He pauses, takes a bite from his plate. “Well, I've had people make a little effort, but I've never had anyone come every day that I could count on.”
Recently, Bill says, a car hit him as he was crossing a street. The collision put him in the hospital for three weeks. “They would come see me every day, pray for me. When I started getting better, they still came by.”
Raised in the Catholic faith, Bill began talking about God.
“They helped me get my life back spiritually, even physically.” He has not had a drink, he says, in five months. He is living at Samaritan House shelter, working toward a job and his own place. Early next month, he will see his sister from Indiana for the first time in 1½ years.
“They'll just take you on a human basis,” Bill says. “People who have been in the position I was in, we just don't have many people who we can talk to on a normal level, whatever that might be. And they gave me confidence to talk to other people I normally wouldn't have talked to.”
He is quiet. “I don't know how to put into words how thankful I am.”
Alex Lambis, 23, is a college graduate from Orlando with a degree in interpersonal communication. He spends two hours each day wandering the streets of Capitol Hill. He has come to know many of its homeless residents well.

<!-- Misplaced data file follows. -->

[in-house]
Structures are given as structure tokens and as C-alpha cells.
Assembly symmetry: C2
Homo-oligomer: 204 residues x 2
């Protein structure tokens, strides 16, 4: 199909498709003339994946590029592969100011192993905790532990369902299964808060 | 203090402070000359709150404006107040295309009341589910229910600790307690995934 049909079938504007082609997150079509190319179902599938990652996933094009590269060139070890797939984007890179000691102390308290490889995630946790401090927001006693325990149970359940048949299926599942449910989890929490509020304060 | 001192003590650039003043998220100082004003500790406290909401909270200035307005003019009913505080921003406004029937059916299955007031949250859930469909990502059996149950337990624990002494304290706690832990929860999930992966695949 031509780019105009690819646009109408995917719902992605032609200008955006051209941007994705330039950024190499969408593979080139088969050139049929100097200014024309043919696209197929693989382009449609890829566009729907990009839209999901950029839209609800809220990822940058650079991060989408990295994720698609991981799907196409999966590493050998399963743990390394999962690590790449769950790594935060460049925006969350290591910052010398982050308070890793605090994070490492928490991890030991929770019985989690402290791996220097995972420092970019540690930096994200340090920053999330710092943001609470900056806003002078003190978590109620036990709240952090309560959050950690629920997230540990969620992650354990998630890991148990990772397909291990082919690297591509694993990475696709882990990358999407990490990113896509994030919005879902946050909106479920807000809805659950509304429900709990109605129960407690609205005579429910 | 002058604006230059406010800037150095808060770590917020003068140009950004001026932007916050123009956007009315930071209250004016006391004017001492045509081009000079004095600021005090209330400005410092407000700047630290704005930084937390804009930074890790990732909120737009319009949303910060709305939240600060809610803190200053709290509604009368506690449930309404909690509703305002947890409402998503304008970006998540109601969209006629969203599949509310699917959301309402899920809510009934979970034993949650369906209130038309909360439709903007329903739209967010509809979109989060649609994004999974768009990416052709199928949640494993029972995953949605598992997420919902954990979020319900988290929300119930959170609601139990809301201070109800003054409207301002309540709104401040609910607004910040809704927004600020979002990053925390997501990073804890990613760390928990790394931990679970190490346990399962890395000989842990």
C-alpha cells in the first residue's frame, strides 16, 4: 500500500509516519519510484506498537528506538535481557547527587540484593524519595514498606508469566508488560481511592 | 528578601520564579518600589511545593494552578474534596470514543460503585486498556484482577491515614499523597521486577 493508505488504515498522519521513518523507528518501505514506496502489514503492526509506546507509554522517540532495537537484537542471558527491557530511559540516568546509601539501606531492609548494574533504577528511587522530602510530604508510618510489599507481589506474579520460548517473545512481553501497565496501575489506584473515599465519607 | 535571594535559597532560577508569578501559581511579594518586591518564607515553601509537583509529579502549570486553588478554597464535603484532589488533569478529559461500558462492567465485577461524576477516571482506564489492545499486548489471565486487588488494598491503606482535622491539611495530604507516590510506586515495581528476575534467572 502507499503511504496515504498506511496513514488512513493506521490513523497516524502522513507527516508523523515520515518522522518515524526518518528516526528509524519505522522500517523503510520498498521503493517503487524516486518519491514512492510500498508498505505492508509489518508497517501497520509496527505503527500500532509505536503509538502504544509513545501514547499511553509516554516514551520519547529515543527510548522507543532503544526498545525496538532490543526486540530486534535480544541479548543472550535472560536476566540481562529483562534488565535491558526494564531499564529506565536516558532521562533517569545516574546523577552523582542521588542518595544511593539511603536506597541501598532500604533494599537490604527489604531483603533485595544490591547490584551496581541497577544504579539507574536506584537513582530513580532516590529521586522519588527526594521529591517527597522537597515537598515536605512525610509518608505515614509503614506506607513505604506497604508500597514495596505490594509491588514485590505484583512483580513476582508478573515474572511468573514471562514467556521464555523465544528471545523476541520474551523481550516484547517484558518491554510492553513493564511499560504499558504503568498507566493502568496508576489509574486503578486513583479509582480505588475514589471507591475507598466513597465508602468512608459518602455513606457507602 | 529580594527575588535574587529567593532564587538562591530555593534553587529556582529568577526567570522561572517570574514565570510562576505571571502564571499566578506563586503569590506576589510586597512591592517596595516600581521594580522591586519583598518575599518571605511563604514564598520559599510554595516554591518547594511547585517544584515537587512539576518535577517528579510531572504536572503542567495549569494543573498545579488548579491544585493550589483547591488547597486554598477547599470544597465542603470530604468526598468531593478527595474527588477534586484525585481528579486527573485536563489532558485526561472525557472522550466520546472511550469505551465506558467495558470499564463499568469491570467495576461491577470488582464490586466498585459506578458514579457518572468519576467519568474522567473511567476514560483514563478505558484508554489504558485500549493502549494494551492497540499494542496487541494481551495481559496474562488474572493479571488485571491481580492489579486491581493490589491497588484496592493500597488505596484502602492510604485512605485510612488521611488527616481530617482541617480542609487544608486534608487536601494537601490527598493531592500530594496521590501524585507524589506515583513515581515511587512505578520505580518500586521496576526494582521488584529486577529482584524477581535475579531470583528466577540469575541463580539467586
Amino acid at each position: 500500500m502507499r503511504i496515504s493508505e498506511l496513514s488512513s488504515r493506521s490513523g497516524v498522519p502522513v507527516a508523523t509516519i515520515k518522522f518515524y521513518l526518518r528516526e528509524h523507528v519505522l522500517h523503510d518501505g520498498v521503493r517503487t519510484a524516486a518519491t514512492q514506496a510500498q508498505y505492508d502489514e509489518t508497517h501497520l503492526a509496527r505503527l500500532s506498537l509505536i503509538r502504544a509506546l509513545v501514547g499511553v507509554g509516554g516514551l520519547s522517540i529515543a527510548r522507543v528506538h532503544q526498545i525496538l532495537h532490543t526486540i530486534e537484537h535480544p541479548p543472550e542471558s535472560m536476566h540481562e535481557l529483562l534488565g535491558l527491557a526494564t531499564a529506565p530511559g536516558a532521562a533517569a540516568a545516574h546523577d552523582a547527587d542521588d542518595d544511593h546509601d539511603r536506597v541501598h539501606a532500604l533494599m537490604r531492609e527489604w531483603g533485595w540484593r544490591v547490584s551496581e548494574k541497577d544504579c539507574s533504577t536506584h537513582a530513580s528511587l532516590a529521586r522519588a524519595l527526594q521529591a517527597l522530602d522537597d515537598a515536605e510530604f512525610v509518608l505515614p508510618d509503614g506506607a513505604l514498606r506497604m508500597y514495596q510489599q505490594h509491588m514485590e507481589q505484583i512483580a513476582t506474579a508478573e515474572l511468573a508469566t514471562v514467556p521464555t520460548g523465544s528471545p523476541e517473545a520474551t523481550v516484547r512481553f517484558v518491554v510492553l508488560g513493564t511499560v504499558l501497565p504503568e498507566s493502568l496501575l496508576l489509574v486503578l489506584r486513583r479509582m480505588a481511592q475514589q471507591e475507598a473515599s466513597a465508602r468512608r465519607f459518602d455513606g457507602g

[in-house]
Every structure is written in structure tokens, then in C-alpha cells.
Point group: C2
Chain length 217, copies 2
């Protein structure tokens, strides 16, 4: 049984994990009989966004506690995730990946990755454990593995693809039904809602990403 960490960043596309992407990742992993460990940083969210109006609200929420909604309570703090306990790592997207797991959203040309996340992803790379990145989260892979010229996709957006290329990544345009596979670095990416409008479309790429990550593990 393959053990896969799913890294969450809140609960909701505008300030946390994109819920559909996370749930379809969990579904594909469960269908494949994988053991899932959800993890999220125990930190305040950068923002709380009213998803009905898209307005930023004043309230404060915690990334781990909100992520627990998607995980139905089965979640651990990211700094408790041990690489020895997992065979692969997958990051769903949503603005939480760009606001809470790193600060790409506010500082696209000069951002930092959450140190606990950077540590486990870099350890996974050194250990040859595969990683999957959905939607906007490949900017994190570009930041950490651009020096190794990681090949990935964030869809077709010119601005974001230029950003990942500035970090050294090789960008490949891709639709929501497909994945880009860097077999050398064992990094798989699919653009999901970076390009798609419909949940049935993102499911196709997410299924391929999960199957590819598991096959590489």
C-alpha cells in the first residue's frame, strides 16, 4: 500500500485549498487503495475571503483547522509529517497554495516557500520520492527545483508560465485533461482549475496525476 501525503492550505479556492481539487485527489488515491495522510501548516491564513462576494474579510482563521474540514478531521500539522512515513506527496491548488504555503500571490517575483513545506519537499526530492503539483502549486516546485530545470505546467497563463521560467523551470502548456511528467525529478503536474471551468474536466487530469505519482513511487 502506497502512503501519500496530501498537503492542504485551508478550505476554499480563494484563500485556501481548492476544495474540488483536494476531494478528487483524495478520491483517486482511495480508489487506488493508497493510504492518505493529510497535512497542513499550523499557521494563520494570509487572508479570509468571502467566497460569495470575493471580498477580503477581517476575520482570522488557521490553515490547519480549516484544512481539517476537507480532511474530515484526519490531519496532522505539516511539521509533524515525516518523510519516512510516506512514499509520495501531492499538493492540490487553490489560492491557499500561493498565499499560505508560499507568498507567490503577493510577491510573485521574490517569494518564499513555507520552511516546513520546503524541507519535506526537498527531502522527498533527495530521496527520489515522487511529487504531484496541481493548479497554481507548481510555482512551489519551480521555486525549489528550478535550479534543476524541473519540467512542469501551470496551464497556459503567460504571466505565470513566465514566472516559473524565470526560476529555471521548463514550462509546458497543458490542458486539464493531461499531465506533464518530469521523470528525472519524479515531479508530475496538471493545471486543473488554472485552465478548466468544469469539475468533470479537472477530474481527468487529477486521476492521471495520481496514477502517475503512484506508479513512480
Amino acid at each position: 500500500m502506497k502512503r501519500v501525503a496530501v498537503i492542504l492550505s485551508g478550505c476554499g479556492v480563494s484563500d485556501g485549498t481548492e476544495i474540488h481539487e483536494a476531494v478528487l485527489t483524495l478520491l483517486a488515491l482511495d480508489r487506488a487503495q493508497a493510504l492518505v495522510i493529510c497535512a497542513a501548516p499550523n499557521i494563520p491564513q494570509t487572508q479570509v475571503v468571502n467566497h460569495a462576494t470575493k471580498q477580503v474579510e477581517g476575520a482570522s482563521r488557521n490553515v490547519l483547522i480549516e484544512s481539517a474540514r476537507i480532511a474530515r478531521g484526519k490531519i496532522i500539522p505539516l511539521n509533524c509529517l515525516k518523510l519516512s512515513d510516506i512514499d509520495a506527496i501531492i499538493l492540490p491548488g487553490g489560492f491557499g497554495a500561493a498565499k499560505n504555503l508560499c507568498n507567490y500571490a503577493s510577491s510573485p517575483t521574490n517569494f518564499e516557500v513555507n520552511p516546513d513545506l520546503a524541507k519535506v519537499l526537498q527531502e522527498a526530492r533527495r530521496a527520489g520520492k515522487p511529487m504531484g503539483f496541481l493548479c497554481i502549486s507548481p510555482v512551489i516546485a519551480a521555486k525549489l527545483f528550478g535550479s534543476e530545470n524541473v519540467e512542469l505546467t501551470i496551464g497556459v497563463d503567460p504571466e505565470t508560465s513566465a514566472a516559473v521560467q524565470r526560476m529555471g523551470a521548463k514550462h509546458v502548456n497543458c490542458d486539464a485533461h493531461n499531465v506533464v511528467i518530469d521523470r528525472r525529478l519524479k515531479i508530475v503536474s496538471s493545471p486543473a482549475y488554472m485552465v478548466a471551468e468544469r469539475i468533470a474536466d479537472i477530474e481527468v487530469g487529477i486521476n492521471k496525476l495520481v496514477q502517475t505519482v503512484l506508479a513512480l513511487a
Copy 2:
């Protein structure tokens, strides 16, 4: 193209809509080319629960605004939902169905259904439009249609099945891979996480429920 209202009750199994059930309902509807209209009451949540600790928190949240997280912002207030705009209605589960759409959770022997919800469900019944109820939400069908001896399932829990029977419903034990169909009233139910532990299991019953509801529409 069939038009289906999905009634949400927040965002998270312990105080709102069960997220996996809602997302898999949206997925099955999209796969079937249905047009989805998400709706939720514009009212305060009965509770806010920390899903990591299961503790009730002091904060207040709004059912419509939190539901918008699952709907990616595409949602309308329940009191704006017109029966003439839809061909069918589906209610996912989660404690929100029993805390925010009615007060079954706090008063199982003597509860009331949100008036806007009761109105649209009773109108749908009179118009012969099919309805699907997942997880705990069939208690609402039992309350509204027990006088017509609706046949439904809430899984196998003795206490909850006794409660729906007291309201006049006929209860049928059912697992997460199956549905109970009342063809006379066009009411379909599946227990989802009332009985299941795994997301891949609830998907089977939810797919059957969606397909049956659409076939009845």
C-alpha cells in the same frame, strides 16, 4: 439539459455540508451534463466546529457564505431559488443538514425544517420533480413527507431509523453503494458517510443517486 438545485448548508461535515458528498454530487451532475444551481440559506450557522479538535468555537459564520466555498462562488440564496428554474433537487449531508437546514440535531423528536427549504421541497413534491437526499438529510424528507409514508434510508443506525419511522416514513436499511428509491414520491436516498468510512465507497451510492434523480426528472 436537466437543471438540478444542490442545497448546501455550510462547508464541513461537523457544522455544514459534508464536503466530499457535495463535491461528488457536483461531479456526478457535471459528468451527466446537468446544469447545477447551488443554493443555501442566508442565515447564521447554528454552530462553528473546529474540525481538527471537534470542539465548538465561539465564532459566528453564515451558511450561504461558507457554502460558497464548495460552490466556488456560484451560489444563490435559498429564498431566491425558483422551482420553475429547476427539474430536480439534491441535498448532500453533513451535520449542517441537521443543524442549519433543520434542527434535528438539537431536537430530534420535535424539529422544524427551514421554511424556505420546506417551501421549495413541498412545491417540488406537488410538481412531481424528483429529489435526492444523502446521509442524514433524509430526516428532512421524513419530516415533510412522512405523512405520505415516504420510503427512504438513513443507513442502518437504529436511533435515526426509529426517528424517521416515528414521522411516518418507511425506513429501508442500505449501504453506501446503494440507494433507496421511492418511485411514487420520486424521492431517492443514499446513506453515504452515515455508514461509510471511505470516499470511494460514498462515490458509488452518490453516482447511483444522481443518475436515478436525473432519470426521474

There's Zachary, artistic and creative. And Art, tender and caring. Bernie is open and genuine. Jessica — loving, motherly.
“I've had people ask me why I'm out there every day,” Alex says. “I say, `We're just out here, to hang out with you guys and see how you're doing.' ... I think the constant presence makes a difference. It takes perseverance and constant effort and not giving up on people.”
Alex has learned much about faith and human dignity from his friends on the street. He's become more compassionate, he says. And “I've come to realize there is beauty that can be drawn in the middle of suffering — even if the situation is bad and ugly, good can be drawn from it.”
On this Saturday in the park, he sits down next to Jessica. A pretty mother of two, she is 32. She has carefully braided her hair and shadowed her eyes. She wears hoops in her ears and bracelets, a bright red sundress and pink fingernail polish. She is homeless, she says, because of a series of bad decisions. Her children are with her mother.
Jessica savors the home-cooked meals. “They're always made with love, and that's what gets me.”
She is grateful, too, for Alex and the others.
“They pray with us, and we need all the prayers we can get,” she says. “They're here for us, for me. Just being there and listening.”
She glances at Alex, arms hooked around his legs, whose year in Denver is almost over.
“He'll be leaving soon,” she says. “And then I'll have to start all over.”
Tables have been cleared and leftover food given away. Pockets of people remain, sitting on the ground or standing, missionaries and their street friends still deep in conversation.
“The '64 Wildcat — the red one I was talking about?” a man with long, gray scraggly hair and beard says to his young listener.
“That's what it was called?”
“I had to replace the windshield because it was cracked and I had to replace it with a clear windshield. I said, `Man, this windshield looks like my forehead!'”
The two laugh.
And the laughter lingers, its echo of a simple joyous moment a sweet reminder about the transforming power of human connection.
Ann Macari Healey's column about people, places and issues of everyday life appears every other week. She can be reached at email@example.com or 303-566-4110.